The participants were instructed to wear the tri-axial accelerometer (HW-100, Kao Corporation, Tokyo, Japan) on their waist at all times while awake, except during swimming or bathing, and to maintain their usual activities. Furthermore, they were instructed to visit one of 75 designated places named as KENKOJISEICHI14 in Takahama city, once in 30–40 days, where the data measured by the accelerometer were downloaded onto a tablet computer using a near field communication (NFC) system (RC-380, Sony Corporation, Tokyo, Japan). KENKOJISEICHI included public facilities, gyms, drug stores, cafeterias, and beauty salons, in order to make it as easy as possible for the participants to visit a location and have their data downloaded.

Individuals were excluded if: (i) they did not visit KENKOJISEICHI within 60 days of the date of instruction to begin wearing the accelerometer (n = 1148); (ii) in-laboratory gait speed measurement was not conducted within the Takahama Study of Health Promotion for Older Adults (n = 1); and (iii) participants were unable to meet the criteria for analysis of accelerometer data (n = 958). The criteria for analysis were wearing the accelerometer on their waist for a total duration of ≥7 days, for ≥10 hours/day, during the first 14 days after the day they began wearing the accelerometer. The remaining 1965 participants (48.3%) were included in the final analysis.

Daily gait speed measurement

Daily gait speed was measured using an accelerometer (HW-100) for continuous monitoring during daily living. HW-100 is a tri-axial accelerometer providing 40 days of continuous recording at a sampling frequency of 64 Hz14. This device detects step cycle during gait ranging from 70 to 160 steps/min by medio-lateral and vertical acceleration. It commences recording of tri-axial acceleration during the gait cycle if the measured acceleration of the current cycle and the preceding two cycles are within 10% of one another. Therefore, the accelerometer records tri-axial acceleration during steady-state periods of gait. The generic structure of a gait speed estimation method is as follows: (1) the accelerometer is attached to the body and measures the acceleration signals; (2) with these measurements, mathematical models can be used to estimate gait speed27. In the case of the HW-100, daily gait speed was calculated with a model that used composite acceleration during one gait cycle from the tri-axial acceleration measurements. The estimation accuracy of gait speed for this device is shown in Supplementary Fig. S1. Based on the accuracy evaluation conducted in the present study, as evident from Supplementary Fig. S1, the systematic error for this device was 14.3 cm/s, which suggests that this device may have underestimated daily gait speed as compared with the gold standard. Therefore, in the present study daily gait speed was adjusted by adding 14.3 cm/s to the observed value. An average daily gait speed for valid days during a 14-day period was obtained for each participant.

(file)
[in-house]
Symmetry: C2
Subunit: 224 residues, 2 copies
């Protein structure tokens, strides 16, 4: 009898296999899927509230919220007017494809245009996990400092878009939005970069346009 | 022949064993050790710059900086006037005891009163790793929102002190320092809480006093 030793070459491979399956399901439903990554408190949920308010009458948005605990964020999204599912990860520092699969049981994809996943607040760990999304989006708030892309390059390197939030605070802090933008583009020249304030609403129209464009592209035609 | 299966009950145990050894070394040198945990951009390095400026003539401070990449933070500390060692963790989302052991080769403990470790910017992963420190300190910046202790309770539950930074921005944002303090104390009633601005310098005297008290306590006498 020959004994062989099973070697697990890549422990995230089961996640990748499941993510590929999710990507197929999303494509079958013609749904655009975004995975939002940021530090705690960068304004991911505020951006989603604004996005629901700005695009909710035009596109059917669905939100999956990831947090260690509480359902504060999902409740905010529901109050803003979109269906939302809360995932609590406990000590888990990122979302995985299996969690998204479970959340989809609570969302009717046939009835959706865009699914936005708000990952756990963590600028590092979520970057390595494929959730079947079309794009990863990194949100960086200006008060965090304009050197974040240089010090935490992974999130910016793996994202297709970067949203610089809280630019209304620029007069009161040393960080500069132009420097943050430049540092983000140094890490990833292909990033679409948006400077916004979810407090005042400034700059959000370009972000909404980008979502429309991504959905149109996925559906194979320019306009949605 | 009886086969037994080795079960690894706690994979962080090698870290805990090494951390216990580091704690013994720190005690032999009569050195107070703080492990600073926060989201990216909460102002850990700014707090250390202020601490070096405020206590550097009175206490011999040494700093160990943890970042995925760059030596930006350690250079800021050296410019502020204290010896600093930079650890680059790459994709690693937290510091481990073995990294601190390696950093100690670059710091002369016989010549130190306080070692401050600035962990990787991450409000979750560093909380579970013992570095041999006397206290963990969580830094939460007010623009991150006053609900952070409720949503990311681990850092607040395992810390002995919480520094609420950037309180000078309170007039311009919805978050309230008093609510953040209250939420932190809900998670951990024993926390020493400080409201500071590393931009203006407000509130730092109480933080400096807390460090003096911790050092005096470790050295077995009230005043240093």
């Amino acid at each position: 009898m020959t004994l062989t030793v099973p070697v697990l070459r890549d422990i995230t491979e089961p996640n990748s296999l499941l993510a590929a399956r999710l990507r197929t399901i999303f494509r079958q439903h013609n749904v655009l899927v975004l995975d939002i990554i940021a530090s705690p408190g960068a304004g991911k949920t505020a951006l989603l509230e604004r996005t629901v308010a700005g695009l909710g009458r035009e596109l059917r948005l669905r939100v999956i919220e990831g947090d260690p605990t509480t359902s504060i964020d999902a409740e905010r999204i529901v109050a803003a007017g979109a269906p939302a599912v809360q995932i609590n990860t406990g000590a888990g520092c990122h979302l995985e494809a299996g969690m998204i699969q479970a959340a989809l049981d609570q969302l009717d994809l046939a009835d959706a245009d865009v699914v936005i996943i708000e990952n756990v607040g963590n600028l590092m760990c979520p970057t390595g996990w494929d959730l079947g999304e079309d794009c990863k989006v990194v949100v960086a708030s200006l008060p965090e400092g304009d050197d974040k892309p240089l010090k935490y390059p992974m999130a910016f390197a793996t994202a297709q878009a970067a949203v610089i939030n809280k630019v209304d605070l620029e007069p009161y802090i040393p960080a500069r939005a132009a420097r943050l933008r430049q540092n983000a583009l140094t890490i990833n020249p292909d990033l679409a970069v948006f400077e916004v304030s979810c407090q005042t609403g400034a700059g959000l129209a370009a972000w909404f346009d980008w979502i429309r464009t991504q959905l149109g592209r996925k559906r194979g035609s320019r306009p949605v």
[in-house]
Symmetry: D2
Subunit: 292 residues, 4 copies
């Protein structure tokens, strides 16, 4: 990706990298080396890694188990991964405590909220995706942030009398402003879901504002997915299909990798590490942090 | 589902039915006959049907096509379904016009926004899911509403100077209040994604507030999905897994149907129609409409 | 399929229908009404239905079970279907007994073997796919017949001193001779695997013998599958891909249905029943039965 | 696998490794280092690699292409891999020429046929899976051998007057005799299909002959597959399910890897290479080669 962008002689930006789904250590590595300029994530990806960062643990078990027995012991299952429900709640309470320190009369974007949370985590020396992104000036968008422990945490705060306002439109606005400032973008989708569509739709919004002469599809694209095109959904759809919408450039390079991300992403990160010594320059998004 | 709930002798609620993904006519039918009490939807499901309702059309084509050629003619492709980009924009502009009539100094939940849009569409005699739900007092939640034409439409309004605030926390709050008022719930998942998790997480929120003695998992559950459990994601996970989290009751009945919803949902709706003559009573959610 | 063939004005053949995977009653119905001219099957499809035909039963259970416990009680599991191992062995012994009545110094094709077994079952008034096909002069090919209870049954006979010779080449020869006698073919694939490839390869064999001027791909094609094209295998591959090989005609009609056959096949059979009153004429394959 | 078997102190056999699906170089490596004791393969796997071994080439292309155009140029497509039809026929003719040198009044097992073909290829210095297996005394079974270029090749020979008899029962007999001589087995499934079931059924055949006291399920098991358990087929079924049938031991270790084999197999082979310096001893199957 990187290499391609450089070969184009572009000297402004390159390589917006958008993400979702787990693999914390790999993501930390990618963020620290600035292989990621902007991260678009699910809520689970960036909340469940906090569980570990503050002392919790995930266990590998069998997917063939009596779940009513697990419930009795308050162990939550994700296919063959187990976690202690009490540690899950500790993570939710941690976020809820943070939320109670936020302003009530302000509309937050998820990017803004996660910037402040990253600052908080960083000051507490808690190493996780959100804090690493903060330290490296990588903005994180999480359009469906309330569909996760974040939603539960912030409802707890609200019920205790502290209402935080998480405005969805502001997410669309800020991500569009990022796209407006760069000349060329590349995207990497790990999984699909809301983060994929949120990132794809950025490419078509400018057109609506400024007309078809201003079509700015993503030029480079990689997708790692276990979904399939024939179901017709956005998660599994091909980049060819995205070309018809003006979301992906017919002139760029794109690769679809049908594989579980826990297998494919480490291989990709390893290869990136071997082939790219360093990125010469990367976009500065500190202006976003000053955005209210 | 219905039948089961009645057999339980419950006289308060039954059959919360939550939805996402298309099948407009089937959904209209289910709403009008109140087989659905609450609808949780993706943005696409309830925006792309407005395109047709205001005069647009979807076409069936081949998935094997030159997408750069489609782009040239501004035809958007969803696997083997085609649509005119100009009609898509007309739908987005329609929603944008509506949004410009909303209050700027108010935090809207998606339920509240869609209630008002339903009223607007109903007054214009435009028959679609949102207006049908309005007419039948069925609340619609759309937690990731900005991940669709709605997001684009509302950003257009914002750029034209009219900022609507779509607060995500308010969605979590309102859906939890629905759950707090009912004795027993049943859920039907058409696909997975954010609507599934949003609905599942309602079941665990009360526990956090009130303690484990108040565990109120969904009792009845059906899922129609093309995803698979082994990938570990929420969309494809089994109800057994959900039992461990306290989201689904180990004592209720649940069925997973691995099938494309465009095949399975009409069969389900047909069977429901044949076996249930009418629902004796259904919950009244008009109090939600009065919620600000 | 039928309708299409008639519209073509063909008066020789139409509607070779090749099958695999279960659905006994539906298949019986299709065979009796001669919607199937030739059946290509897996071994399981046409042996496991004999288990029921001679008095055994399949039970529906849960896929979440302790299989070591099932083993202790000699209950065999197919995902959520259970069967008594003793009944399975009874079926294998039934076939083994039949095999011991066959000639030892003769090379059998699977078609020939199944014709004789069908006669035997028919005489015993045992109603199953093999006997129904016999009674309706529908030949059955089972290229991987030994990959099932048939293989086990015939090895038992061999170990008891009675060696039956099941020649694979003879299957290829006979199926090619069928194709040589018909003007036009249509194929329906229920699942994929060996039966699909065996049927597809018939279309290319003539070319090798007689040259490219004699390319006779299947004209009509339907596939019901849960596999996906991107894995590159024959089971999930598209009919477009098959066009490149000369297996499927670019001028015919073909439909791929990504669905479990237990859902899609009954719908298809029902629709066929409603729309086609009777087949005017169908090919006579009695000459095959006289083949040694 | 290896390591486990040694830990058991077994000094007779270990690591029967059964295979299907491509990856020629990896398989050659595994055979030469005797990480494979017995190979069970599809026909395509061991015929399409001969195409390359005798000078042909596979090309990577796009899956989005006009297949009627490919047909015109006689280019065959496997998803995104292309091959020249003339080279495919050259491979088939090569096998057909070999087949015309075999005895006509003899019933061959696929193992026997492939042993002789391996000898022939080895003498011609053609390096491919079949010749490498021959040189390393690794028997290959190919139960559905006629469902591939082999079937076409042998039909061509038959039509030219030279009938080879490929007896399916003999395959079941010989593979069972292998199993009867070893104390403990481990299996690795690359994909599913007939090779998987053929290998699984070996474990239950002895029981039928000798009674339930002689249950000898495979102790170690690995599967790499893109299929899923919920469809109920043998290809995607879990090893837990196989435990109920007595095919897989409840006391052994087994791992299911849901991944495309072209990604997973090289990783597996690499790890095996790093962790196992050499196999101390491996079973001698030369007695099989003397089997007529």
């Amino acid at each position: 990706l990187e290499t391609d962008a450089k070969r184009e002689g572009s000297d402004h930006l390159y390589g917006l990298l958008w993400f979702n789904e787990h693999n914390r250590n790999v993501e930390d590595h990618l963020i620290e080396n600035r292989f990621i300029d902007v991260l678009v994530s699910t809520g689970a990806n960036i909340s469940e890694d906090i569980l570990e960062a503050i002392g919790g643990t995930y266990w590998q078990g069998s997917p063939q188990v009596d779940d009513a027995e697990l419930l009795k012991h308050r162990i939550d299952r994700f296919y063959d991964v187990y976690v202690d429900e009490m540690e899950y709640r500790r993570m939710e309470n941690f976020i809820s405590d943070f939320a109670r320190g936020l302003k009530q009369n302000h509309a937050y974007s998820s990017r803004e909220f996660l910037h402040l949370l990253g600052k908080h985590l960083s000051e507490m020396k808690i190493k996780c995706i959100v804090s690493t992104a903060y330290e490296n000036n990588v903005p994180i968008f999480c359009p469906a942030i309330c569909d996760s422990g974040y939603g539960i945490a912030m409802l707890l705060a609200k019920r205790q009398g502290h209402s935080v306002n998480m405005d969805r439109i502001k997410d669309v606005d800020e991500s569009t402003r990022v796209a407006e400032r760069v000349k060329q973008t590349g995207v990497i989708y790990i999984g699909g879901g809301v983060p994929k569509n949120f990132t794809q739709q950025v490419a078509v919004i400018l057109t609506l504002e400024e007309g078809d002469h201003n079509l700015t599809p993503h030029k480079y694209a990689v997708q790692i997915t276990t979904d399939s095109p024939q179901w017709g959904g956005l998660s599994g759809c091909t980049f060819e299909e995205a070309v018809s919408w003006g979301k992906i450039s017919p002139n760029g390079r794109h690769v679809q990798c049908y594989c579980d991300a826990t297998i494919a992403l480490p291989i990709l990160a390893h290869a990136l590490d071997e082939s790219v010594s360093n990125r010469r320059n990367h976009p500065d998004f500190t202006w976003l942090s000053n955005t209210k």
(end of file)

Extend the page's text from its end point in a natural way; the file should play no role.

The HW-100 accelerometer also measured step counts and wearing time14. For inclusion in the present study, a valid day was defined as a day on which the accelerometer was worn for ≥10 hours14,15. Data from the Advanced Industrial Science and Technology (AIST) gait database28 were used to define days on which the accelerometer was not correctly worn on the waist, to enable exclusion from analysis. This procedure is illustrated in Fig. 2, which shows the vertical acceleration data from 204 individuals in the AIST gait database and examples of data from present participants who wore the accelerometer correctly and incorrectly.

Figure 2
Figure 2

Accelerometer data from the Advanced Industrial Science and Technology (AIST) gait database and from when the device was correctly or incorrectly attached at the waist of the participants. (A) Vertical acceleration data for the right waist (anterior superior iliac spine) of 204 participants aged 20 to 77 from the AIST gait database28. (B) Example data for one participant with the accelerometer attached at the waist for all 14 days. (C) Data from another participant with no valid measurement days during the 14-day period. Based on the AIST gait database, if the average acceleration during 25–35% and 80–90% of the gait cycle is greater than that during 50–60% of the gait cycle, the acceleration data are excluded from analysis.